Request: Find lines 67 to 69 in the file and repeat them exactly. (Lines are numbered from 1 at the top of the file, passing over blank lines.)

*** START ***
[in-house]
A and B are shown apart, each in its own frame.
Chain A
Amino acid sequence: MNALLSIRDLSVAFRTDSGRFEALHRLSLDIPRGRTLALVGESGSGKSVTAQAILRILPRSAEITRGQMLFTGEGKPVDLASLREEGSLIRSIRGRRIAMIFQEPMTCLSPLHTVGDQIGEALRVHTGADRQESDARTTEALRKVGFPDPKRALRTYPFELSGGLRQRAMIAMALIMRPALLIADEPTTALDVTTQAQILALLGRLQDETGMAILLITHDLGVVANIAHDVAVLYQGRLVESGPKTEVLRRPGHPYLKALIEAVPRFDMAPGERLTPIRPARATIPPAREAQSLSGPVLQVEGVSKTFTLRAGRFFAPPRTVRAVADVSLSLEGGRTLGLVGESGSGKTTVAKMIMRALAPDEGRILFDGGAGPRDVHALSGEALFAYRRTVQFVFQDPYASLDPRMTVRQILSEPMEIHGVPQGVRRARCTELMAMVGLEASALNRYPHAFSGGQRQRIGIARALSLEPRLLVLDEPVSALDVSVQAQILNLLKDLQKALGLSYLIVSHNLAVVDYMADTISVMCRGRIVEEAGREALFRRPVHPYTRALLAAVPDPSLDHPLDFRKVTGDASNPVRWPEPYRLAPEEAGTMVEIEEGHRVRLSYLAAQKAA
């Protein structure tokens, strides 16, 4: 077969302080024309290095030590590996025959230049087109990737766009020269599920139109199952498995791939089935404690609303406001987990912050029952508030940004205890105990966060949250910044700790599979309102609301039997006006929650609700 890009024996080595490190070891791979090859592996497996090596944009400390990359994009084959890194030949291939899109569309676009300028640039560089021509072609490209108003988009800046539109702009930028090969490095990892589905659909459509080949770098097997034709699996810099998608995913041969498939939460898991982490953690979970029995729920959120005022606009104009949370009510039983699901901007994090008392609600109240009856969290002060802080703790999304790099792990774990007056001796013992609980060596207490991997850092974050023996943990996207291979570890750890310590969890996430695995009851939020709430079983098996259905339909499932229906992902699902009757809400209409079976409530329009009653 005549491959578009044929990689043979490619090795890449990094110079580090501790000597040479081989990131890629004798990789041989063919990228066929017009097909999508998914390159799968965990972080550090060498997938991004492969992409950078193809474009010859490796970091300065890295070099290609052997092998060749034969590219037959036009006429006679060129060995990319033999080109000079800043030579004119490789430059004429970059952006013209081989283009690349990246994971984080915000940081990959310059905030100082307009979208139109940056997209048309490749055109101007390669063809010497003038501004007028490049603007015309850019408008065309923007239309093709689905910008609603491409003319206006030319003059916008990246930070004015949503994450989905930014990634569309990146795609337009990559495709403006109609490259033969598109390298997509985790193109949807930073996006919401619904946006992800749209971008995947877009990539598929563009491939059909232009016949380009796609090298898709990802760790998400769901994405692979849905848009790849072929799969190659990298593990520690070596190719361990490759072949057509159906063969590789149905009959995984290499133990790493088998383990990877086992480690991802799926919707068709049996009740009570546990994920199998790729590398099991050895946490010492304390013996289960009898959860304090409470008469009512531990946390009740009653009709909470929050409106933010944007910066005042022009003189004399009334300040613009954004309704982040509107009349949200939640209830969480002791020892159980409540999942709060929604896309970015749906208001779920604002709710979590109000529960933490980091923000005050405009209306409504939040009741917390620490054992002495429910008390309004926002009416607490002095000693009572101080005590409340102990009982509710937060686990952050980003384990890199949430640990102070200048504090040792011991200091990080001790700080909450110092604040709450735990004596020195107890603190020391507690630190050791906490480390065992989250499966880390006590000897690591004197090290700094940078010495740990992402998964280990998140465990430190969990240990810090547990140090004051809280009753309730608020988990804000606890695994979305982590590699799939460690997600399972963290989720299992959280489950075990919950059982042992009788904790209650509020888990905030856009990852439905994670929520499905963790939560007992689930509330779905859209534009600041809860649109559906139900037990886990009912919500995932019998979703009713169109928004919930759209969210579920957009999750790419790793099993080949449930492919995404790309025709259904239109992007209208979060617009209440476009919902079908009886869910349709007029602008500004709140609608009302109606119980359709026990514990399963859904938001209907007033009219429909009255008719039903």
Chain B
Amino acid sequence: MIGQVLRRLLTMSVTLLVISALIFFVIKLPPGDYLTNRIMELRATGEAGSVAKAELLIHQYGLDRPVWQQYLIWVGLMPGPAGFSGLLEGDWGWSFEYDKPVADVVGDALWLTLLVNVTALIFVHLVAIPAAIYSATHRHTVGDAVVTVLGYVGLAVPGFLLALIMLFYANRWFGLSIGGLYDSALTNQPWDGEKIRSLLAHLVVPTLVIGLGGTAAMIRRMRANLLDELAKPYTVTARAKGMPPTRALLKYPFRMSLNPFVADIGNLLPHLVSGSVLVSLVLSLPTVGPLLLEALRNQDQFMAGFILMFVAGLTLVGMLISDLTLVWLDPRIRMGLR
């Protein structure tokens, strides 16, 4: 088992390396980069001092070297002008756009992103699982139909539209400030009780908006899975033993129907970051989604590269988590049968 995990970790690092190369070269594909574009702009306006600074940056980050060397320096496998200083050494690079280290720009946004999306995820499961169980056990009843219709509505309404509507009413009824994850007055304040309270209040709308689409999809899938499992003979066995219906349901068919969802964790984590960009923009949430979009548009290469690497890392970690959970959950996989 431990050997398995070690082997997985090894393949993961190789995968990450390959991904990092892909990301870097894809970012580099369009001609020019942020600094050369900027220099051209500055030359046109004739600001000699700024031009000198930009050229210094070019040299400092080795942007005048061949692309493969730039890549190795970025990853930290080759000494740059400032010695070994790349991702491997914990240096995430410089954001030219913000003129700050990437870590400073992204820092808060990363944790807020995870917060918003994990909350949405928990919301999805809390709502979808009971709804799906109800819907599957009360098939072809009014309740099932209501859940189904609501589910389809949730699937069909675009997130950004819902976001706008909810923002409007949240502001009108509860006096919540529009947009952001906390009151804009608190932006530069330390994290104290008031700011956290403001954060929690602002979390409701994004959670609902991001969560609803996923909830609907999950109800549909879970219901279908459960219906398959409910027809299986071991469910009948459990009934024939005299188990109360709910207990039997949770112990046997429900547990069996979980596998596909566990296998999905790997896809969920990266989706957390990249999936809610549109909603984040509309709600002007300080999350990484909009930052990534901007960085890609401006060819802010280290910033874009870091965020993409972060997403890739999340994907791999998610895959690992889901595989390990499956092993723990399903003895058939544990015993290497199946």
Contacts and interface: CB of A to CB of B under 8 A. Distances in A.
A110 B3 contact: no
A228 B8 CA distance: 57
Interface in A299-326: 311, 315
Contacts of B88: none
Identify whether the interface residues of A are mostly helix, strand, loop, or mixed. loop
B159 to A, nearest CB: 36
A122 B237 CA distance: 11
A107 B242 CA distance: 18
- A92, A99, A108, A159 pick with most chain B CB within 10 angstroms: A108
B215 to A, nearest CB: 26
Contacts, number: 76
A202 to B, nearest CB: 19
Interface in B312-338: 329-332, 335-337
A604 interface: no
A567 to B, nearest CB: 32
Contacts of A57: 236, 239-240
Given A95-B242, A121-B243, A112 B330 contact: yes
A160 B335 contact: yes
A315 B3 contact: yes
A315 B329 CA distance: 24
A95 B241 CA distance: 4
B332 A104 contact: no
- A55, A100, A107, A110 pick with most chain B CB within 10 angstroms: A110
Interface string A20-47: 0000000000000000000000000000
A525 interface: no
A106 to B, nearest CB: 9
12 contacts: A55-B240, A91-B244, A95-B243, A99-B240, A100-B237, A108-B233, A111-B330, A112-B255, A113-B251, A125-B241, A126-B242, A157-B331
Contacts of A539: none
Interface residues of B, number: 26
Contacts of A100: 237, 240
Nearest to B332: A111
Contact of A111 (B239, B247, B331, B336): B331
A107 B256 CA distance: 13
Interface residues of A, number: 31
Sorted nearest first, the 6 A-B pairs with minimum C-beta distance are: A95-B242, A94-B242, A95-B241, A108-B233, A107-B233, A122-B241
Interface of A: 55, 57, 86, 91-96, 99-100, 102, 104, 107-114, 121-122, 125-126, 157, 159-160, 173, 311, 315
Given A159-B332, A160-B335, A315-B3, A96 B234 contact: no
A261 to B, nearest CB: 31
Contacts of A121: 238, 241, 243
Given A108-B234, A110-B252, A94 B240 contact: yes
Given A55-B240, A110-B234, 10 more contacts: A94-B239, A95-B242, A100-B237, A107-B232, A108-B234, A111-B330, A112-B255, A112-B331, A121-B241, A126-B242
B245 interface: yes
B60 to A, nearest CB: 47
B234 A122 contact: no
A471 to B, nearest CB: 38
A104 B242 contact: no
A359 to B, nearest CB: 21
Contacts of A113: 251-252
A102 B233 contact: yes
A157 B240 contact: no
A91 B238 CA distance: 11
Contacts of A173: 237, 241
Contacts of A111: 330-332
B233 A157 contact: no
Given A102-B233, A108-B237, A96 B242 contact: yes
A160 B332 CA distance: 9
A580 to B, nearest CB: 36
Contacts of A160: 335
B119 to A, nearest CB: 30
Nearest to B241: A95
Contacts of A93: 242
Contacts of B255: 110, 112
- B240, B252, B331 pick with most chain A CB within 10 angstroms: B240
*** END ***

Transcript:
Contacts of A160: 335
B119 to A, nearest CB: 30
Nearest to B241: A95